Whisky duty could be cut in next month’s Budget to offset punitive US tariffs that come into force today, UK ministers have signalled.
Trade Secretary Liz Truss suggested a tax break was being considered for the industry when she told MPs the UK Government was “looking at measures” to help Scotland’s national drink.
Ms Truss made the remark on the eve of Donald Trump’s administration imposing a 25% tariff on whisky and other intrinsically Scottish products such as cashmere and shortbread.
The introduction of the trade barrier has led to fears the impact on whisky exports will result in job losses in industry strongholds like Speyside.
Until now, whisky exports to America have been worth around £1 billion a year to the industry which employs around 11,000 people in Scotland – most of whom work in rural areas.
UK ministers vowed to keep pressing Mr Trump to ditch the tariff as whisky and cashmere representatives, including Johnstons of Elgin, met with Ms Truss in Whitehall to voice their concerns.
Just before yesterday’s meeting Ms Truss was asked in the House of Commons what she was doing to fight against the tariffs.
In reply to a question by Moray Tory MP Douglas Ross, Ms Truss said that Chancellor Sajid Javid was in the US for talks on the issue.
The Trade Secretary added: “We are putting as much pressure as we can on the United States on this issue. We will also be looking at measures to help the industry here in the UK.”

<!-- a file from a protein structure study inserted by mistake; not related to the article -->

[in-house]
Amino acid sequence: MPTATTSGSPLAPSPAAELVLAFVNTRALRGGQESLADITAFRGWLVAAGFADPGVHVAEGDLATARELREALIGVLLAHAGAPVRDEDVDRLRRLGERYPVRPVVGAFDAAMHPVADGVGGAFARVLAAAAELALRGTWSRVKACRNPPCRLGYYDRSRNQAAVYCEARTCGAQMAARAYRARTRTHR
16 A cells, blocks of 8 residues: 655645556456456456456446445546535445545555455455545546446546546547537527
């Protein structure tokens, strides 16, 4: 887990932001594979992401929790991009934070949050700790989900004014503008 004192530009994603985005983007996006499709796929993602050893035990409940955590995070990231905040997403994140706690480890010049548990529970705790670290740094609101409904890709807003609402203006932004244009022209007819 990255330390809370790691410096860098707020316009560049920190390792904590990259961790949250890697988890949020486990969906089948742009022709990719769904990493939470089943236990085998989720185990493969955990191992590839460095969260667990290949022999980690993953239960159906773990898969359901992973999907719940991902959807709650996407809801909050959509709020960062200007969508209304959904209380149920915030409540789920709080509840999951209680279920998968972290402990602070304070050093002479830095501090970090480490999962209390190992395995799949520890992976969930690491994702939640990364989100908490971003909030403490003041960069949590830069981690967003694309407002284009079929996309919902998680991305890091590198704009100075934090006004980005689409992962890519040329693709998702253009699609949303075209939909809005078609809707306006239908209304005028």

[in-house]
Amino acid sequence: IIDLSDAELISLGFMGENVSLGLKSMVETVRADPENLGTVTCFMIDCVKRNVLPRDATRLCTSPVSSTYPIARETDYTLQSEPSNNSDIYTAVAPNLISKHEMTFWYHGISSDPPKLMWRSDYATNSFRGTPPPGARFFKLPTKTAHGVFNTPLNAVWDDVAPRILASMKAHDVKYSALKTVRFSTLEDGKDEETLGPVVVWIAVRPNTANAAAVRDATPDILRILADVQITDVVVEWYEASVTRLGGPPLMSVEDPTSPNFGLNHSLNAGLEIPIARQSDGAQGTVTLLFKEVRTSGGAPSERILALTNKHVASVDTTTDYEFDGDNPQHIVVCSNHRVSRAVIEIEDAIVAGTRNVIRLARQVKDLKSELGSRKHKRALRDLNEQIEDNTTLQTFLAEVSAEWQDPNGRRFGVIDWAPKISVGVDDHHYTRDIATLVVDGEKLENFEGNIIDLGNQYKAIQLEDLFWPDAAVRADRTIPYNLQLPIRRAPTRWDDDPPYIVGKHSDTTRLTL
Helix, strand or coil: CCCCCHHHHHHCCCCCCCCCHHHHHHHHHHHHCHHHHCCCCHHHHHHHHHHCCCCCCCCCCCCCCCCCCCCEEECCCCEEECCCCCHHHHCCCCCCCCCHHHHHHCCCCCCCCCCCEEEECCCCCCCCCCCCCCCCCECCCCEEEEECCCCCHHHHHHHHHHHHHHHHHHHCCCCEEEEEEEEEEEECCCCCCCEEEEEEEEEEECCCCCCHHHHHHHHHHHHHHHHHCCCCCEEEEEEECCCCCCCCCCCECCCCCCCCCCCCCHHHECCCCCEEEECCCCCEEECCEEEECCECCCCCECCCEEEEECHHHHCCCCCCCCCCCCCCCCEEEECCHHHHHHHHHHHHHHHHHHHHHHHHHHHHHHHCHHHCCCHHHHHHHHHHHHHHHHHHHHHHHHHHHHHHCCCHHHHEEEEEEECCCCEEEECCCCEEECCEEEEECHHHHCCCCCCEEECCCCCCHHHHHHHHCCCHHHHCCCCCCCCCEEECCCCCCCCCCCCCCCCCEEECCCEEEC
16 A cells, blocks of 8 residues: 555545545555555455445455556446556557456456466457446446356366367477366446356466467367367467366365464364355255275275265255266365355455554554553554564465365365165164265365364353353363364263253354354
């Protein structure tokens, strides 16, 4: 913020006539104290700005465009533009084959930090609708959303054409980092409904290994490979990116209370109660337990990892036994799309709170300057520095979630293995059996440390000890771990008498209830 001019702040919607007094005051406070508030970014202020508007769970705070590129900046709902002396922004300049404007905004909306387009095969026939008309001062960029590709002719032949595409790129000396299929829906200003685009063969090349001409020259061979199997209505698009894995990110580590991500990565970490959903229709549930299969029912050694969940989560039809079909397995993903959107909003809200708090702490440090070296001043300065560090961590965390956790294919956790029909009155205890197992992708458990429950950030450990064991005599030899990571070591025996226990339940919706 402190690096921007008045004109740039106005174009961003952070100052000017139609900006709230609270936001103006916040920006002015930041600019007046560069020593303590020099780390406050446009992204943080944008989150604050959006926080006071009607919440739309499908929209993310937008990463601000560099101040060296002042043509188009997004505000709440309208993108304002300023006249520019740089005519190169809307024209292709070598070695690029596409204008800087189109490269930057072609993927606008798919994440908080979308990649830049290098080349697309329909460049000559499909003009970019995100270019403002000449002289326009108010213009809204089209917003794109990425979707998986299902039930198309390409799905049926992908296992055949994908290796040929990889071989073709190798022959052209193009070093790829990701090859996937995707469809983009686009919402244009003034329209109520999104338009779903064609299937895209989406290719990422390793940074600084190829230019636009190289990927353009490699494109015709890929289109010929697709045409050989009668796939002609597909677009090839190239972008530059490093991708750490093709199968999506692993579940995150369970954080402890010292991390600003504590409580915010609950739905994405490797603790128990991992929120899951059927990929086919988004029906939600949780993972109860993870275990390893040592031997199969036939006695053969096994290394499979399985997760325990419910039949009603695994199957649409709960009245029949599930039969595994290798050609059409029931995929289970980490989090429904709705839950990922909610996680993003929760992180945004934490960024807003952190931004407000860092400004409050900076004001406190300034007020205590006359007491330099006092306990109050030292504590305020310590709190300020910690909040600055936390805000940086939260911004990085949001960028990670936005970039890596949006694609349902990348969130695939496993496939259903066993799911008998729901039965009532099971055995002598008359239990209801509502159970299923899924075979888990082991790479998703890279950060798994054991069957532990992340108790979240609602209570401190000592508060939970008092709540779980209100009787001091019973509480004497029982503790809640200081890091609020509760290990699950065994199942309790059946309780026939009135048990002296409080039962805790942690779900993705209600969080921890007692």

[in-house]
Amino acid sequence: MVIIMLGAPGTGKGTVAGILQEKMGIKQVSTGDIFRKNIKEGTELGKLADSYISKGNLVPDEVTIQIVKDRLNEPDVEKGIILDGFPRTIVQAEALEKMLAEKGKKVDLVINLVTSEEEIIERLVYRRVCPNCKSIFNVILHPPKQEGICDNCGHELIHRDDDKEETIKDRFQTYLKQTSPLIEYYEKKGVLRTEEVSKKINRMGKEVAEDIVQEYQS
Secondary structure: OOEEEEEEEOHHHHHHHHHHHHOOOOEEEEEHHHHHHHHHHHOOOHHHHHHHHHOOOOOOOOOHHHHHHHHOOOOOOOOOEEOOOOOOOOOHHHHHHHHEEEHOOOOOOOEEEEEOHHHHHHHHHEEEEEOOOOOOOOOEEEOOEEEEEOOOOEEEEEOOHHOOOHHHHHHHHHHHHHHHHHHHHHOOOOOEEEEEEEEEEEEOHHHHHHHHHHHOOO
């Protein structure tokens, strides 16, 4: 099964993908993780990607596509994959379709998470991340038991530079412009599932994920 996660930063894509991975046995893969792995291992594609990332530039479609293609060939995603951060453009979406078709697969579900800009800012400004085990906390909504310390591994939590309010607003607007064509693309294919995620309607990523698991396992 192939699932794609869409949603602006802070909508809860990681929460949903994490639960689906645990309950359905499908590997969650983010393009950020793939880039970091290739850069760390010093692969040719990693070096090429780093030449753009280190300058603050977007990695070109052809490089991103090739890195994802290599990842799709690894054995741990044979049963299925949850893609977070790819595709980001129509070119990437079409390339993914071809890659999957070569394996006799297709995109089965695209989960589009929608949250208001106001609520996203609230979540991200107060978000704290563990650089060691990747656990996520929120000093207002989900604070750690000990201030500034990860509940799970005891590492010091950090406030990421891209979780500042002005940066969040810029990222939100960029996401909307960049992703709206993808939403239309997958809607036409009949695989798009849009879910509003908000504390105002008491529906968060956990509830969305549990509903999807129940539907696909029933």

The Scotch Whisky Association (SWA) has been calling for a reduction in whisky duty when Mr Javid unveils the Autumn Budget next month.
Yesterday the SWA chief executive Karen Betts said a cut in excise duty would “provide an important lifeline while efforts continue to remove the tariffs”.
Ms Betts said: “We estimate that 25% tariff on Single Malt Scotch Whisky will see exports to the US drop by as much as 20% in the next 12 months. We expect to see a dropping-off in investment and productivity. Ultimately, jobs could be at risk.”
In the Commons, Argyll and Bute SNP MP Brendan O’Hara accused the UK Government of being “asleep at the wheel” on the issue.
The US was given the right to impose tariffs on £6.1 billion of goods it imports from the EU following a World Trade Organisation (WTO) ruling.
The ruling found the EU failed to remove subsidies for European aircraft maker Airbus, causing a loss in sales for US rival plane manufacturer Boeing.